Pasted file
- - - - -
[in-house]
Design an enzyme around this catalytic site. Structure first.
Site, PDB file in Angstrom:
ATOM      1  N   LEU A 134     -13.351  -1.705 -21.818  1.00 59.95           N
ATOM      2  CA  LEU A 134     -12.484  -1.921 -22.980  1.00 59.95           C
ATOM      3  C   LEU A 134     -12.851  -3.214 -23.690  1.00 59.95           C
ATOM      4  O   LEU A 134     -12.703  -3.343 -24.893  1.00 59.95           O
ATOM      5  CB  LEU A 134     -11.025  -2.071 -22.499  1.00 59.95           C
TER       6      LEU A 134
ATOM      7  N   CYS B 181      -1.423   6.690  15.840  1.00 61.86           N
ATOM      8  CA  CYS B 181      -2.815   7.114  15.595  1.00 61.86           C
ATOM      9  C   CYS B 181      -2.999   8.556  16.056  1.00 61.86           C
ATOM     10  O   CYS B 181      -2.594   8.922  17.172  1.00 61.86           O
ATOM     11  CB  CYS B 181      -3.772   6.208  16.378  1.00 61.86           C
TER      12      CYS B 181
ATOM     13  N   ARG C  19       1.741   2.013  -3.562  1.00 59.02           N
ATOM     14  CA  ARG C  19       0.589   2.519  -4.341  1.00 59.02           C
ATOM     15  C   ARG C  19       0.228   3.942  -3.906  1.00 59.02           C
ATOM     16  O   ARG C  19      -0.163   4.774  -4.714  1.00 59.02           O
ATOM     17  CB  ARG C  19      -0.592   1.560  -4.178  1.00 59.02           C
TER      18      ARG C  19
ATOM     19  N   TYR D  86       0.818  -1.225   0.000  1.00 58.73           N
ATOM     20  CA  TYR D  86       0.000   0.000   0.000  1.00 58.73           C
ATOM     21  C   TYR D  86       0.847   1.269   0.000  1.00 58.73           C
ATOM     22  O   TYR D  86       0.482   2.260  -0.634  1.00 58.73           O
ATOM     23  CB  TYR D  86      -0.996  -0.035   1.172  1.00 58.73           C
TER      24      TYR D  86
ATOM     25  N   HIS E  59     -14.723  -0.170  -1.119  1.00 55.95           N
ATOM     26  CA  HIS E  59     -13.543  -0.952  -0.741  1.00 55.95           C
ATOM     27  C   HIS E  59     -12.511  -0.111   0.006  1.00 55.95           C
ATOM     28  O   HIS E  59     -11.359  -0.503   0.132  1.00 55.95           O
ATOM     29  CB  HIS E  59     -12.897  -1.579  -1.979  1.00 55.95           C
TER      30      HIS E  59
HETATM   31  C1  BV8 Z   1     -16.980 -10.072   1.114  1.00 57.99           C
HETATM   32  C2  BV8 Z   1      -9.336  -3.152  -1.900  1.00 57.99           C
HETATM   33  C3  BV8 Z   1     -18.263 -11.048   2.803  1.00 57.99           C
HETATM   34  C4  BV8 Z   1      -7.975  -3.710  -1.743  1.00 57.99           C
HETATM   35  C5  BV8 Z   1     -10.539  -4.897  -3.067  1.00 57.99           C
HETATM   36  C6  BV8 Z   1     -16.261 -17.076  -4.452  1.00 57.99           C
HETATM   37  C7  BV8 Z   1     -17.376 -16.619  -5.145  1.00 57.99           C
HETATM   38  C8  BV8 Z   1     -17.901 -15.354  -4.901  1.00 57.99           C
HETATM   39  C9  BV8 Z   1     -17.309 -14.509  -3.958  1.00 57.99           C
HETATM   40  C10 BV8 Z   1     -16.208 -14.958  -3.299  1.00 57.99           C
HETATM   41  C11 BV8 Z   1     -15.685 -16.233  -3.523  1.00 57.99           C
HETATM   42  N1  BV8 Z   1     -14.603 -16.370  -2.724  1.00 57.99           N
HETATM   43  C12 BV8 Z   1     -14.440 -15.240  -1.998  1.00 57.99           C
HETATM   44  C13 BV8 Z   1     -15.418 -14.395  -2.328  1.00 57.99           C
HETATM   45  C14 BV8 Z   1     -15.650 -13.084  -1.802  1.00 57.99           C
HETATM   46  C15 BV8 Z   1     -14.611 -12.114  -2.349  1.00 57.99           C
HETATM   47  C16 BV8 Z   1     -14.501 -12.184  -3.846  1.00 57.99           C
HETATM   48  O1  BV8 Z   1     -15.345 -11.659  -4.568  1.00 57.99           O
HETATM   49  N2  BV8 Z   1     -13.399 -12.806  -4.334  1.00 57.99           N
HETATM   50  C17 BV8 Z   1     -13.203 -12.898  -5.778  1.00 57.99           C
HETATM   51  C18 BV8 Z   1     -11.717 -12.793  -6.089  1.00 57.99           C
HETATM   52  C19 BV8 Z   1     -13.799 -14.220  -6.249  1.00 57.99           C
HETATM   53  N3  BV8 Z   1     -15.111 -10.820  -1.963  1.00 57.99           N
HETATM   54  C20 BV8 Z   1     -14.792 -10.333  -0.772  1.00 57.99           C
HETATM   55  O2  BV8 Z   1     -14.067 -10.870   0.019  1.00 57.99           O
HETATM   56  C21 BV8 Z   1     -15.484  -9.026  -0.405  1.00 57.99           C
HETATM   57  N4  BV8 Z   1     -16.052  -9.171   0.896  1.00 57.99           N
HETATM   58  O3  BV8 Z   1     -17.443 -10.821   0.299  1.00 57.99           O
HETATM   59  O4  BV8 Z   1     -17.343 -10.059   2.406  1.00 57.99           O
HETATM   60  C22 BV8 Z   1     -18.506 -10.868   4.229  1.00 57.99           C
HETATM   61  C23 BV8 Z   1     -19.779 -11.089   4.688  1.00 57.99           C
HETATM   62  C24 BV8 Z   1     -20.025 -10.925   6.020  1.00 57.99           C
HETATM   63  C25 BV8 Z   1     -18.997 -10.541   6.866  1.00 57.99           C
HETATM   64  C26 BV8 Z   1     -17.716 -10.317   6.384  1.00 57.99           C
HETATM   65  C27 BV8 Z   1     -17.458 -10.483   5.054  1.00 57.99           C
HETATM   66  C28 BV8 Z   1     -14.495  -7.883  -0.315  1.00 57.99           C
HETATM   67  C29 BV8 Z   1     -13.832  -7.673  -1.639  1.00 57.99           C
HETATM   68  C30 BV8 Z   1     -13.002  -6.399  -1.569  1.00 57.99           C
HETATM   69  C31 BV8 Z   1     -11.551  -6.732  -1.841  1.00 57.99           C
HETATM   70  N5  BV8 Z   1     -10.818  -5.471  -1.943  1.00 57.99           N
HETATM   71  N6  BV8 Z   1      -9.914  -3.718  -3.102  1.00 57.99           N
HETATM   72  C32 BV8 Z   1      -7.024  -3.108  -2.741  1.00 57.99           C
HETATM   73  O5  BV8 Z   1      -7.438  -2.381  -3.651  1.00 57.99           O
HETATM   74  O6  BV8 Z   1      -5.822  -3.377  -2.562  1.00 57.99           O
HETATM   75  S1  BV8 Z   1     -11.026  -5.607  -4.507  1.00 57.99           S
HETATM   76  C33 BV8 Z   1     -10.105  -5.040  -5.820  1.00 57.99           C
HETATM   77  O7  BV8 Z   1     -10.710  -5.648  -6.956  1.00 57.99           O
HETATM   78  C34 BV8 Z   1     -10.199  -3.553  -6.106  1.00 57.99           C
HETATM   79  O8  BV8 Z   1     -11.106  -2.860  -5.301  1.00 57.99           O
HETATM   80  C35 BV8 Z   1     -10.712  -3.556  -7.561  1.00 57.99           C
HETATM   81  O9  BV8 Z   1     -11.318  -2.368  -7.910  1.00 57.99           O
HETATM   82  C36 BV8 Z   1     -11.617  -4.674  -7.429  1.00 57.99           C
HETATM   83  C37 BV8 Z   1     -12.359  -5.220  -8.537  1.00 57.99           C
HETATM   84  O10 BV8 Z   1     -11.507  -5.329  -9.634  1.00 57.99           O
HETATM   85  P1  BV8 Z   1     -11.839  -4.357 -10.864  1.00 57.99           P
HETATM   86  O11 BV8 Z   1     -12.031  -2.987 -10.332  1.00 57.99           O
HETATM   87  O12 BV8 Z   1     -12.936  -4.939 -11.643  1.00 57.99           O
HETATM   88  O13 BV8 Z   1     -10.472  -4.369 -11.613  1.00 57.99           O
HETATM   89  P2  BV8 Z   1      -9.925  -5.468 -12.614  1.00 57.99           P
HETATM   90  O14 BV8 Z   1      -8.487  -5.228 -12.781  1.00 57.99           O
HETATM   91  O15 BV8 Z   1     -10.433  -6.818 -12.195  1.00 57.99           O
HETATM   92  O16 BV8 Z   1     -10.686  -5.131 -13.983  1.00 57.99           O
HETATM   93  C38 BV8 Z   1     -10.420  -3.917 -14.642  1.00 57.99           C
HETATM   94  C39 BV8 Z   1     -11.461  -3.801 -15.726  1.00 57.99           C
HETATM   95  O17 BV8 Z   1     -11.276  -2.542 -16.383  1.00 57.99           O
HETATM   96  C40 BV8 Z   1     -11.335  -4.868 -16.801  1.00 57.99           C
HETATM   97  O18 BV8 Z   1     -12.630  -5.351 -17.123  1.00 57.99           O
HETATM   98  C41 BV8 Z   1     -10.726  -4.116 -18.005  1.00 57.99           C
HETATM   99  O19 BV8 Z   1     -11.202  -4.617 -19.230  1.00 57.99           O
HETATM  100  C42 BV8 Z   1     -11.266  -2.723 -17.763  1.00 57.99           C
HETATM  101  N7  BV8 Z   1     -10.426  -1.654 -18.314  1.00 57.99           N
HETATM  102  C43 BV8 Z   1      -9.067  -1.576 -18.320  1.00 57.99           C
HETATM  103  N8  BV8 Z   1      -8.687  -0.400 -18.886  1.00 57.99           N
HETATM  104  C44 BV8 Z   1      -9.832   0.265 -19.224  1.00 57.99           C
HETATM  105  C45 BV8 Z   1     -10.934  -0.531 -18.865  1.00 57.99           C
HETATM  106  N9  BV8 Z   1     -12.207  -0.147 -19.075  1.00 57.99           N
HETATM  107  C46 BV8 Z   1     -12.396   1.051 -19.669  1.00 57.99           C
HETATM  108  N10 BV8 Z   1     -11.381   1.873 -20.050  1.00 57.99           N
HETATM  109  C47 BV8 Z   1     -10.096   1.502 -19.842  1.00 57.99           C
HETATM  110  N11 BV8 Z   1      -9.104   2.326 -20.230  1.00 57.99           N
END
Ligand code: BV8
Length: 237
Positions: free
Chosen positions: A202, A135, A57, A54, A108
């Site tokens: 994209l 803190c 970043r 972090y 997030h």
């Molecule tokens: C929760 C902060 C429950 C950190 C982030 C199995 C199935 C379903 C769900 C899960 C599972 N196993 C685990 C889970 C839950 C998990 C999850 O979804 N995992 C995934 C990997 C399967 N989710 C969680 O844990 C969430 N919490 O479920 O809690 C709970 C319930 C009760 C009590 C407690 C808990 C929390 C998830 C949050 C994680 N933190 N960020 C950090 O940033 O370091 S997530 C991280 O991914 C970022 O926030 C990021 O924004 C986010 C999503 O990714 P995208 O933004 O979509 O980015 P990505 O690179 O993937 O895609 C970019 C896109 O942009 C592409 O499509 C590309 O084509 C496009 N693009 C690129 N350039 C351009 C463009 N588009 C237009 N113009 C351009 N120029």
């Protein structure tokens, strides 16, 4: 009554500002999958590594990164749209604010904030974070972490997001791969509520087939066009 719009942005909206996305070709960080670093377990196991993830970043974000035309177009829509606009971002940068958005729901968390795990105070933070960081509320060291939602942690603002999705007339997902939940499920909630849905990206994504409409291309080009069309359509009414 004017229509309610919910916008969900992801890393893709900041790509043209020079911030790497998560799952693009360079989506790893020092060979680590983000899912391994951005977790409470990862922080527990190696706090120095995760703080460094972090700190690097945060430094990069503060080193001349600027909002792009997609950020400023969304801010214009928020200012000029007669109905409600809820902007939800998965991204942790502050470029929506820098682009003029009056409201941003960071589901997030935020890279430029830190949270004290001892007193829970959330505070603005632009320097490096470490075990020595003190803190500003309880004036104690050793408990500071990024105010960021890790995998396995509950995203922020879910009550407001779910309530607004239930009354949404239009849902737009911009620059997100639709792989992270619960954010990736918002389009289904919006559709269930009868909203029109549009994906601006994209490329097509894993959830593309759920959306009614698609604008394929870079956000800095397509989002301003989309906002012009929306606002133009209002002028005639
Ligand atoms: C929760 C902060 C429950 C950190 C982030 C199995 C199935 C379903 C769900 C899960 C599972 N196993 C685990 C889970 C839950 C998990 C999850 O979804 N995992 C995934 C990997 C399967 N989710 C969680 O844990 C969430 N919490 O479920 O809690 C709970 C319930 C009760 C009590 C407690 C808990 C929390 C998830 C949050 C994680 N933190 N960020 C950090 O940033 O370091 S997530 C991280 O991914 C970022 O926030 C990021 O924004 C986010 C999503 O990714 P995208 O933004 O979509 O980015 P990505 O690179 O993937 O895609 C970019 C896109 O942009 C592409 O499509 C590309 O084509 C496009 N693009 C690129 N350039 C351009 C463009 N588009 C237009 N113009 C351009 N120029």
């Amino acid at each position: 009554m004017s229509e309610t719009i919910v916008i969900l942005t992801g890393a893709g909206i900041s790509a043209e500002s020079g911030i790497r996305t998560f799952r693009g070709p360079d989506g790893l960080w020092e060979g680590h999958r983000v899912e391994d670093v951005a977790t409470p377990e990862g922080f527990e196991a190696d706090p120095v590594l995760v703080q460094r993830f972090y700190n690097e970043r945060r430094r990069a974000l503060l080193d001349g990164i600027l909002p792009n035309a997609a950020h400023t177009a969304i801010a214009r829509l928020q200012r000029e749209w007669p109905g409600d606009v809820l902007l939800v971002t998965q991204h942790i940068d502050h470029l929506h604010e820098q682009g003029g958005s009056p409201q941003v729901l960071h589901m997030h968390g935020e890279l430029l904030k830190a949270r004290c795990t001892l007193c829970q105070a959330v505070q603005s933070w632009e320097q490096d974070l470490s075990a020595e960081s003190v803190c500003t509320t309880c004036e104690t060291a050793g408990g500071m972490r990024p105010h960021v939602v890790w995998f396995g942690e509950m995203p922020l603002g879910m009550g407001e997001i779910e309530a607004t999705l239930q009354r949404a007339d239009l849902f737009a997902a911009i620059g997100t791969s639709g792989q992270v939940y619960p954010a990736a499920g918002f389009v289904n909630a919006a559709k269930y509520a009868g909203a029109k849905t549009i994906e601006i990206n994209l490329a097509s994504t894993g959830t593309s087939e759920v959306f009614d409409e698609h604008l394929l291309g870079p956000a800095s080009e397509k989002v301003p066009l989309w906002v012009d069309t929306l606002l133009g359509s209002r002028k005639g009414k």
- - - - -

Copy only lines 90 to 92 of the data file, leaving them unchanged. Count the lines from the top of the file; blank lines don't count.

HETATM   87  O12 BV8 Z   1     -12.936  -4.939 -11.643  1.00 57.99           O
HETATM   88  O13 BV8 Z   1     -10.472  -4.369 -11.613  1.00 57.99           O
HETATM   89  P2  BV8 Z   1      -9.925  -5.468 -12.614  1.00 57.99           P